Small business owners are feeling good about 2013 so far and even more optimistic about the year ahead, according to Manta’s Q1 2013 SMB Wellness Index. The survey of over 1,100 small business owners found more than half (56 percent) think the first quarter of 2013 was successful and 79 percent believe the second quarter will be positive for their companies.
While only 17 percent hired new employees in the first quarter of this year, almost one-third (31 percent) plan to do so in Q2. But that’s not where they’re putting most of their money. Thirty-one percent say they plan to invest most of their money on referrals and finding new customers; 26 percent on online advertising and social media; 24 percent on creating new products and services; and 12 percent on traditional advertising and marketing.
With the emphasis on finding new customers, it’s not surprising that small business owners are turning to social media. Some 49 percent have increased their time spent on social media compared to a year ago, and 36 percent of small business owners say their main goal with social media is finding new customers.
About one-third spend one to three hours each week managing their social media channels; 10 percent spend more than 10 hours. Over half (53 percent) report only one person at their companies handles social media; 21 percent say two to five people are involved.
Considering how stretched-thin most small business owners are, it’s no wonder they describe social media as a challenge. Eighteen percent report Facebook is the most difficult platform to maintain, followed by LinkedIn (10 percent) and Twitter (9 percent). Very few small business owners get help from social media experts or consultants, either; instead, they take a DIY approach, with 36 percent using online resources to learn about social media.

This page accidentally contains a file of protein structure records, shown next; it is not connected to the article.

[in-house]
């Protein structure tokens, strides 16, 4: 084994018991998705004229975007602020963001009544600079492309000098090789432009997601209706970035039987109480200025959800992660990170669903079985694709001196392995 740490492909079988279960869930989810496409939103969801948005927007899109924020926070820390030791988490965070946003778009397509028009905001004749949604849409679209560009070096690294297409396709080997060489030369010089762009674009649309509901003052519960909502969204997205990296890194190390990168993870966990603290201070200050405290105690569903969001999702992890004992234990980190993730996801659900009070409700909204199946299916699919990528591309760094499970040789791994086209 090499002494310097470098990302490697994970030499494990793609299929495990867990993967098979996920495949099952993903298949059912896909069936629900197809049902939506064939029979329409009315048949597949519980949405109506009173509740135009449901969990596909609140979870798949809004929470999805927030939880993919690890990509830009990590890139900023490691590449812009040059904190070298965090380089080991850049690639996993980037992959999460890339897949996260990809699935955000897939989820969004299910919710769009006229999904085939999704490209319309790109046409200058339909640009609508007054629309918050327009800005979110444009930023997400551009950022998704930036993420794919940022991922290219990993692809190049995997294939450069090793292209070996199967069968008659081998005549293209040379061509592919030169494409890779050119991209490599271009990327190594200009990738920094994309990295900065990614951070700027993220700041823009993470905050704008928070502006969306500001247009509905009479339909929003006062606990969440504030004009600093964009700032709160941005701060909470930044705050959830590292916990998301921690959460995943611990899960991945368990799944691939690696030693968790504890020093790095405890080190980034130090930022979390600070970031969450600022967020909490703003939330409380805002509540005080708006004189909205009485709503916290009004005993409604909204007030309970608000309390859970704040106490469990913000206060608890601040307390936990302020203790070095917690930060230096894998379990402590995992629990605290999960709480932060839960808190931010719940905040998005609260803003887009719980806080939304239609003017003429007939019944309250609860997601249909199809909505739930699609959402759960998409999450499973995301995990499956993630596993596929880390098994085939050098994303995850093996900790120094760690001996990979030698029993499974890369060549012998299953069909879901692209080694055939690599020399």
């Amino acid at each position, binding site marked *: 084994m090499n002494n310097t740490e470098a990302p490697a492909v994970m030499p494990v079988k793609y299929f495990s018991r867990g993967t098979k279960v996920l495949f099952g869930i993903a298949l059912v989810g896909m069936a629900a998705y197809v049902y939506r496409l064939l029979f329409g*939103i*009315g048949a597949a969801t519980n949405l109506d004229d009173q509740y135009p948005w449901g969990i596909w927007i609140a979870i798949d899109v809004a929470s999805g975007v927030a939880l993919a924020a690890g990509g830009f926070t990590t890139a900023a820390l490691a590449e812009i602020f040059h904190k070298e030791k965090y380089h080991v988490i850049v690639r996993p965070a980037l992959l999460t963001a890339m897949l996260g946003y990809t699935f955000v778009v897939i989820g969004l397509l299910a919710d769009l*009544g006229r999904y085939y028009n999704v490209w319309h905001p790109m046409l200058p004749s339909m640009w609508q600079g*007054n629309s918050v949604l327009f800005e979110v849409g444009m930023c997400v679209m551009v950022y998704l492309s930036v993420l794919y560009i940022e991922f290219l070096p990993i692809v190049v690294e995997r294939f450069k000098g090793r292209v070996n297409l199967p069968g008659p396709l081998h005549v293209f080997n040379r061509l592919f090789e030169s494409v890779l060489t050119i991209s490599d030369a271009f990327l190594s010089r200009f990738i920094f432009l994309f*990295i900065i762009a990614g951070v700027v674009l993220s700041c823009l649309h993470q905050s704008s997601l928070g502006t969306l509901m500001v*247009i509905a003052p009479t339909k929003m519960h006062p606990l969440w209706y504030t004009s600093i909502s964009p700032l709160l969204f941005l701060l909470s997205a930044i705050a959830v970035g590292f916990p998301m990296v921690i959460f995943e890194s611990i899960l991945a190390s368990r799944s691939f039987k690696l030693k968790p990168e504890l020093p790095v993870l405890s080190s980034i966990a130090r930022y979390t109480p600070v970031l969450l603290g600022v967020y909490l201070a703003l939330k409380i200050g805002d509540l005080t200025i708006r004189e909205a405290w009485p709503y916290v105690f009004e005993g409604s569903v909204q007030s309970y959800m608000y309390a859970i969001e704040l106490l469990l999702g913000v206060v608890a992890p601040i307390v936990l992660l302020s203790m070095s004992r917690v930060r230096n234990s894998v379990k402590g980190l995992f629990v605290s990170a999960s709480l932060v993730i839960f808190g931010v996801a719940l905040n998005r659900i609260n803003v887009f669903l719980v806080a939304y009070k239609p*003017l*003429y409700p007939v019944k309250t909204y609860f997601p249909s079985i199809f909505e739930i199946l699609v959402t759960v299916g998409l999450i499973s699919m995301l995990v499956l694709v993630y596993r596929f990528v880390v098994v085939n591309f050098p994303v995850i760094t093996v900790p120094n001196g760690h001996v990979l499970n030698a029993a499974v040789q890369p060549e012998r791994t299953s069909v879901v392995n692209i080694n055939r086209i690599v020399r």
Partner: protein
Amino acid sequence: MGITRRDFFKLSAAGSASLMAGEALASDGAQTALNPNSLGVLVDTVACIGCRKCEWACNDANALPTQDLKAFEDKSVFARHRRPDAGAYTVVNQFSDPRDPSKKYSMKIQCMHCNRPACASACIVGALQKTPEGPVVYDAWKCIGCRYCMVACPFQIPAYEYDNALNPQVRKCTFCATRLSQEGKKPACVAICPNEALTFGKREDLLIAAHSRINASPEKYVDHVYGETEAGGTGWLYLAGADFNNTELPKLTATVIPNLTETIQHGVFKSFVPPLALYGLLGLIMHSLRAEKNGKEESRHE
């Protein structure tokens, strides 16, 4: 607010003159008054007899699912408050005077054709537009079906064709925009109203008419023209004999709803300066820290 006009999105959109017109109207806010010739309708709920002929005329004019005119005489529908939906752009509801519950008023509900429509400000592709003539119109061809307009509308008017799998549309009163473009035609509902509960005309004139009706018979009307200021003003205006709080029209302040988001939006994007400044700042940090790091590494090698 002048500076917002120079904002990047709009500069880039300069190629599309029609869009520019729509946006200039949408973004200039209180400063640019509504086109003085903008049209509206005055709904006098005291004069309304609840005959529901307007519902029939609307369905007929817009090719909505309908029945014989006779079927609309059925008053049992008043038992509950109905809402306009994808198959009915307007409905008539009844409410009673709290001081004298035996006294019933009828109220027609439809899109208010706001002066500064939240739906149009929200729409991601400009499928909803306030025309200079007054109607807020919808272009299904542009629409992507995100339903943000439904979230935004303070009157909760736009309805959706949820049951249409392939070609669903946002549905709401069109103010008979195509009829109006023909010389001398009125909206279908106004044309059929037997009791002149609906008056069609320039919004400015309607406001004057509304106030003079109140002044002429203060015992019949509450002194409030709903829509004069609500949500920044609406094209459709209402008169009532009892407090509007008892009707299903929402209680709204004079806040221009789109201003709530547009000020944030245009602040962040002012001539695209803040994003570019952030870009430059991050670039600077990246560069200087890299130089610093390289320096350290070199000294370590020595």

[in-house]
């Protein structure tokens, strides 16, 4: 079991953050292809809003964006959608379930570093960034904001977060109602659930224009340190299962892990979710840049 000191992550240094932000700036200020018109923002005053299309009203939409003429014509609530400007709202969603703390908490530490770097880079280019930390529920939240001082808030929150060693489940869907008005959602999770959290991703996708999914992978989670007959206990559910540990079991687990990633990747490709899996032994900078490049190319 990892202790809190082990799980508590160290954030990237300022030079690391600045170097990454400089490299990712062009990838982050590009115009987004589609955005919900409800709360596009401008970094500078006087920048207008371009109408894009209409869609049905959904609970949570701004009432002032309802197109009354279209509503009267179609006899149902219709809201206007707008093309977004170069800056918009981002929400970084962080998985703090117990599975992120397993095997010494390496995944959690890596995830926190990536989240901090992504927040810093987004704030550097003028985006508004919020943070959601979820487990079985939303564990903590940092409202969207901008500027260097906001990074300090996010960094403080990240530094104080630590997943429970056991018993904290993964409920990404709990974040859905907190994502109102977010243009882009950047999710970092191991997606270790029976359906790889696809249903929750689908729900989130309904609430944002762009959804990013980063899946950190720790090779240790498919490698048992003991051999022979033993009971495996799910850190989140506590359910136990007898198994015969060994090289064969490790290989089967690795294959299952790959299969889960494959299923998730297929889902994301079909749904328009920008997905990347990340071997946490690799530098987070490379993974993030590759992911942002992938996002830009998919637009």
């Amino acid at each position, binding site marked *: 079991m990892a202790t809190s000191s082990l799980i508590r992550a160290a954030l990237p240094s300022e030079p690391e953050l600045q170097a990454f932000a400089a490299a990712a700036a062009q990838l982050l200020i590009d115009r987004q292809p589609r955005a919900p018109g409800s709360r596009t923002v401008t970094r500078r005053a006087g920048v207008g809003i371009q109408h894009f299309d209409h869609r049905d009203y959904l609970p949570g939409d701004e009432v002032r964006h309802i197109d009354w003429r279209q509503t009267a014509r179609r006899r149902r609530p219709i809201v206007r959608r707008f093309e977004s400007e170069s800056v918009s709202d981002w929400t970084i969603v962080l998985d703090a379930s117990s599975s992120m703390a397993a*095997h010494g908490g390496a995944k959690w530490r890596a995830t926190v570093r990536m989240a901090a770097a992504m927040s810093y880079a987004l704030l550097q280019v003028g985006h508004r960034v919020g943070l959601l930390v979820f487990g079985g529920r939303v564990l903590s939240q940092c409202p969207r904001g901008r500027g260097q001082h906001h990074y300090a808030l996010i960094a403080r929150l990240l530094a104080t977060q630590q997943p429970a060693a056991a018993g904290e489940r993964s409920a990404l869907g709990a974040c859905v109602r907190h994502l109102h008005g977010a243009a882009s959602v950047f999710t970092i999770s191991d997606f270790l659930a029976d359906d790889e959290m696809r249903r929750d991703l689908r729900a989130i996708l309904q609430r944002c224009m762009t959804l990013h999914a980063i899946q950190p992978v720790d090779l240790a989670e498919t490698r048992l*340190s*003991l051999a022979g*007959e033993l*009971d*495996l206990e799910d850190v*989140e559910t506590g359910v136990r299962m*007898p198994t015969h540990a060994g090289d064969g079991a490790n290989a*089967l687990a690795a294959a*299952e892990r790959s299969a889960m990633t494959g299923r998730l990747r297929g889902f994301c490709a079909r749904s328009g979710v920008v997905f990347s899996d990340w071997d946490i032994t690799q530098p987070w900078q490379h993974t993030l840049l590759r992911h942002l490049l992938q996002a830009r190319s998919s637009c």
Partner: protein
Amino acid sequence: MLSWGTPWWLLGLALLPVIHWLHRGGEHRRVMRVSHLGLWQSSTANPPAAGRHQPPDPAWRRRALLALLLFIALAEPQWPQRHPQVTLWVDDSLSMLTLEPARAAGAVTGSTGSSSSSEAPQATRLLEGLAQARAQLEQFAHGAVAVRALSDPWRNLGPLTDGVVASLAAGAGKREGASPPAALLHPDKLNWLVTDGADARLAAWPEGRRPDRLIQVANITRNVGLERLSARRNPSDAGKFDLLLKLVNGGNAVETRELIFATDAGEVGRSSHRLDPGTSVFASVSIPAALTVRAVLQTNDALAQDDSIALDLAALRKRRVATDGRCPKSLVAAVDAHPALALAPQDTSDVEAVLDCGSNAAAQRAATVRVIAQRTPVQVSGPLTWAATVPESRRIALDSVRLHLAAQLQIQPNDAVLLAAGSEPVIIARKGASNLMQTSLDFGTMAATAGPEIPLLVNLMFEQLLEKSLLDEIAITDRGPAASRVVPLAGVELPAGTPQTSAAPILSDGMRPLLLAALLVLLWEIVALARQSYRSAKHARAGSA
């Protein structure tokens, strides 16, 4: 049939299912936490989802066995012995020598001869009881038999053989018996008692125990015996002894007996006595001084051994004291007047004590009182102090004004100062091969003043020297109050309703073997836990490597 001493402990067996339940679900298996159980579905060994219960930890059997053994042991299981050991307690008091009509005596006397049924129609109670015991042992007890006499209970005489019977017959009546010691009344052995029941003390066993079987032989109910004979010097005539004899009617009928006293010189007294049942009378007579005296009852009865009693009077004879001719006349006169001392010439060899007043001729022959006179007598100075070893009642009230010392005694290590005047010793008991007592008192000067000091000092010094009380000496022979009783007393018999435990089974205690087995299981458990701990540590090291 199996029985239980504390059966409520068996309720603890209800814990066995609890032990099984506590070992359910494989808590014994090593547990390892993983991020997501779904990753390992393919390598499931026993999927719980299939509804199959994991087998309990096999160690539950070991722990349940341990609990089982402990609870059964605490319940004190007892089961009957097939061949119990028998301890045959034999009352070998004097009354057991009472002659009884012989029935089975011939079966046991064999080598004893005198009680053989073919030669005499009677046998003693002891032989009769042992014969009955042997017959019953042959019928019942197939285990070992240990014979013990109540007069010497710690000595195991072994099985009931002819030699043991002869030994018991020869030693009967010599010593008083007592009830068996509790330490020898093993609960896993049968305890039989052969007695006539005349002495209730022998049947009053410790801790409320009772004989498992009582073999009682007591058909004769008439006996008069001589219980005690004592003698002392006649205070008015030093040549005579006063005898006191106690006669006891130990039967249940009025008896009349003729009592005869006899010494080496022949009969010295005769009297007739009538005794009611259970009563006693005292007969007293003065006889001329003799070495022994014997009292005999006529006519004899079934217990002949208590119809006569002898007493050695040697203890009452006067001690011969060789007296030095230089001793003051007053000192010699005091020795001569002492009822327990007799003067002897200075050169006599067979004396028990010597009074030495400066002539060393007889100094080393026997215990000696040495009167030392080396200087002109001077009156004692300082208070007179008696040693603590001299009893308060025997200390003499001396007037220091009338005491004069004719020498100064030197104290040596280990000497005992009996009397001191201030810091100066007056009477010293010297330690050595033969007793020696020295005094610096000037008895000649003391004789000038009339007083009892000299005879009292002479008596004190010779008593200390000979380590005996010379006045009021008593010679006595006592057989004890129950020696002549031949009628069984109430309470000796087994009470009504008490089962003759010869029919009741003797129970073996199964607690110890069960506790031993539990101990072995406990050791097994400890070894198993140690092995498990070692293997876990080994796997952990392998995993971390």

Social media use is maturing, with small business owners focusing less on just getting “likes” or followers and more on getting actual results. Some 40 percent of small business owners do report a return on their investment in social media, but it’s still pretty small: Only 30 percent report returns greater than $2,000. Whether that’s because they’re not properly tracking social media’s effect on the sales pipeline or because it’s having little real effect, remains to be seen.
Two areas of opportunity the report brought to my attention:
Mobile: Just 2 percent of SMBs in the study planned to spend most of their dollars on mobile marketing. Mobile isn’t for everyone, but if your business relies on local customers and your customers are tech-savvy, mobile can be one of the smartest ways to spend your money.
Social: One in five SMBs surveyed admit that “no one” handles social media at their companies. Even if you can only invest one hour a week in one social media channel, that’s better than nothing. I can hardly think of any business that wouldn’t benefit from social media to some degree – so if you’re still not in the social media game, it’s time to suit up and get out onto the playing field.
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